How Transportation Affects Education
More than 25 million children, over 55% of U.S. public K-12 students, climb aboard school buses each day, according to the Center for Cities and Schools at the University of California, Berkeley. But how does reliable transportation affect children’s education? The short answer: greatly. By limiting school choices, spending more time on travel, increasing truancy and absences, and denying breakfast, while students from lower socioeconomic backgrounds are disproportionately vulnerable.
It’s not uncommon for rural as well as urban children to spend more than two hours a day on the bus while their classmates who can walk or be chauffeured to school attend dance class or SAT prep. Many of the perks that schools offer such as tutoring, physical activities, or building teacher/student relationships are lost in the shuffle to and from school using public transportation.
A survey of parents in eight cities found that 19 to 32 percent reported finding transportation to and from school a problem. More noticeable was the fact that parents with a high school diploma or less were much more likely to report difficulties with transportation than those with college degrees.
This “geographic opportunity gap” is worse for younger students. When students attend high school, many times they can also take public transportation that is not on the school bus route. While this may give more opportunities for extracurriculars and possibly save time, safety is a huge issue for younger kids. Many students (and their parents) simply don’t feel safe with them using public transportation alone in certain areas.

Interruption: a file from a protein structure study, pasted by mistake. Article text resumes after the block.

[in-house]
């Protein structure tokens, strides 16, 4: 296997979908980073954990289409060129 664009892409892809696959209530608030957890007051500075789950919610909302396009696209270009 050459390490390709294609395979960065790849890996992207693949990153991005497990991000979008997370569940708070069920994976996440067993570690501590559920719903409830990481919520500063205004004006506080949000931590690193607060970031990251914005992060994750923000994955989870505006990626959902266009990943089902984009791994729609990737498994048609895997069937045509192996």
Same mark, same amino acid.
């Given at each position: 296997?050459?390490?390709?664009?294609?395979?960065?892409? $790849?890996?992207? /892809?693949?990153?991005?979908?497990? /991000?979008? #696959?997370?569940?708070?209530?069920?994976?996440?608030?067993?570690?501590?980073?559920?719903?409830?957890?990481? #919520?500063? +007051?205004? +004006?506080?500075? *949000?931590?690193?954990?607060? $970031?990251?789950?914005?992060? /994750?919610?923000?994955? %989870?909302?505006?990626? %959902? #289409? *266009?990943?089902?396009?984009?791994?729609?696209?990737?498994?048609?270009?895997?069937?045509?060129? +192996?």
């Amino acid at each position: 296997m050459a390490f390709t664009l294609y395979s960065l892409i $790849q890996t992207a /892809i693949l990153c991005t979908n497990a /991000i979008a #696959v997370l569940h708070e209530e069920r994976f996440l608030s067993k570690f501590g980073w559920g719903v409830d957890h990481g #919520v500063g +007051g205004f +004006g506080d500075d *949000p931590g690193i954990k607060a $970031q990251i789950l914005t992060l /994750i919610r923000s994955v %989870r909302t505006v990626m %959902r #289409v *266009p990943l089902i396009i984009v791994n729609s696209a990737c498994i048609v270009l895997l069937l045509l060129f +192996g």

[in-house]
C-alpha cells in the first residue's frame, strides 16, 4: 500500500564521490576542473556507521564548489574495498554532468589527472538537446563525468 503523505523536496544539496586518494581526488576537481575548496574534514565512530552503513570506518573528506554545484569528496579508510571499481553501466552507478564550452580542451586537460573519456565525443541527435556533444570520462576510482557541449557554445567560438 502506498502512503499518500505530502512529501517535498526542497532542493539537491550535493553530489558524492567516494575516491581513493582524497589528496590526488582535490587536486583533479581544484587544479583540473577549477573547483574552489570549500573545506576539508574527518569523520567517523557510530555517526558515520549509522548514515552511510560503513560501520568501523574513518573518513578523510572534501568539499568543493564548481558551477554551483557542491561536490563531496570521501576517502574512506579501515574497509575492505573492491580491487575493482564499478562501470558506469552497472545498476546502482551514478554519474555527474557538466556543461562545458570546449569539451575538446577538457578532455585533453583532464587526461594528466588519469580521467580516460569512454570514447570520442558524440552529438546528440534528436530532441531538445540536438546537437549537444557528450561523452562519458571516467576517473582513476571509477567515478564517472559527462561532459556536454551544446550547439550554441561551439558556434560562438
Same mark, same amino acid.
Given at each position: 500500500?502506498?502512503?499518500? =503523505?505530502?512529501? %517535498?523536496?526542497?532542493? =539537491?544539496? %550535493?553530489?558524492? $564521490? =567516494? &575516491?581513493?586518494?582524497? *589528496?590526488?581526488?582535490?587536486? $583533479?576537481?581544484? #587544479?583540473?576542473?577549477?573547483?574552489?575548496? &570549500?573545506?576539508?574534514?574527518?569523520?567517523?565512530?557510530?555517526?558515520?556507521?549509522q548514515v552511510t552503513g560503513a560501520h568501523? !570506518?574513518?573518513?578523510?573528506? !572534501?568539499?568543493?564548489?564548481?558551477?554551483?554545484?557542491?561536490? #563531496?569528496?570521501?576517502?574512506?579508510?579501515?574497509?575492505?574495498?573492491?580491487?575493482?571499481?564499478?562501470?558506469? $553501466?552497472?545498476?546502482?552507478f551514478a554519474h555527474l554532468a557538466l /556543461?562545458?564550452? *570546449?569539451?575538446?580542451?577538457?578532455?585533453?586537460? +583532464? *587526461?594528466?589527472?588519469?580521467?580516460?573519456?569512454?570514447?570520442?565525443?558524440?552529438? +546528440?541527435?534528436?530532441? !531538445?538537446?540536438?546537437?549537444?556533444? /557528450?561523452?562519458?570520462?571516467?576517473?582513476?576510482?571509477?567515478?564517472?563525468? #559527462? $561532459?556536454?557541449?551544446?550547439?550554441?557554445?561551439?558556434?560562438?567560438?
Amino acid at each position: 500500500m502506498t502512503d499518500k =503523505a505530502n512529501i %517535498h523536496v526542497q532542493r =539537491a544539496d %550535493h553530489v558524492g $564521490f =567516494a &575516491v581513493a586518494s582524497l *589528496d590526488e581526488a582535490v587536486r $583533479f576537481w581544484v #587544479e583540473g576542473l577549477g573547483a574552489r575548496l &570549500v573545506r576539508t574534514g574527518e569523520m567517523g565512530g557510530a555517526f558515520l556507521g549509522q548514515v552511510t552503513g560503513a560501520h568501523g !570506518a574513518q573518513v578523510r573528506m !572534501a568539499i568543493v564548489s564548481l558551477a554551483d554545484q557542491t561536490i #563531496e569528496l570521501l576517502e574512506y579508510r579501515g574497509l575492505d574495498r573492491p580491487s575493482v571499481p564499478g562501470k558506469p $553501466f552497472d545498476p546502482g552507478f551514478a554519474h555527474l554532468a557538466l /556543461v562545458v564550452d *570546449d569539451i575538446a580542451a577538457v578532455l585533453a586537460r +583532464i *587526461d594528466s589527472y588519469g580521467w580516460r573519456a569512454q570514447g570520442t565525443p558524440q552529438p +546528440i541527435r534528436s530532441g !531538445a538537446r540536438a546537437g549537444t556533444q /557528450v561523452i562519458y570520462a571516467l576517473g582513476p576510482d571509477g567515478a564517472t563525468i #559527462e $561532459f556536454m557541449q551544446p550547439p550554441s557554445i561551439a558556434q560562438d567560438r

Another common issue with unreliable transportation is tardiness or absence. Tardiness caused by unreliable transportation can also exacerbate the achievement gap. It not only affects how they are marked for attendance, but it also negatively affects other classmates and teachers who are stuck waiting. School busses may show up everyday but many times are running 20 to 30 minutes behind.
Many of the most vulnerable kids who qualify for the free or reduced meals don’t always get to receive them due to transportation problems. This is due in part to the children who qualify for free or reduced-price meals not being able to finish their breakfast in the cafeteria before class begins – kids just can’t be asked to board a bus earlier than 6:55 a.m. This also decreases the time kids can sleep, potentially harming development.
Access to a reliable car can significantly increase the number of schools available to a family. This means they can pick and choose for better academic programs and performance to help their children succeed. So, the form of transportation can substantially affect the quality of a student’s education, the composition of their peer groups, and the before- and after-school activities.
The Urban Institute found that, “Factors such as inclement weather, traffic, irregular public transit schedules, out-of-pocket costs, or a change in a student’s home location all interact with transportation choices to affect where students go to school and the amount of time they spend there.”
All in all, reliable transportation is crucial in getting students to perform well in academia. Whether reliable transportation allows for more time spent in extracurricular activities, tutoring, sleeping, better attendance, not missing meals, or increases in safety, all these factors contribute to why it is so important to help families in need secure transportation. The Hub Garage is here to help single mother families with automotive services, but we can’t do it alone. We need your help to make sure single moms stay in the driver’s seat and provide better education opportunities for their kids.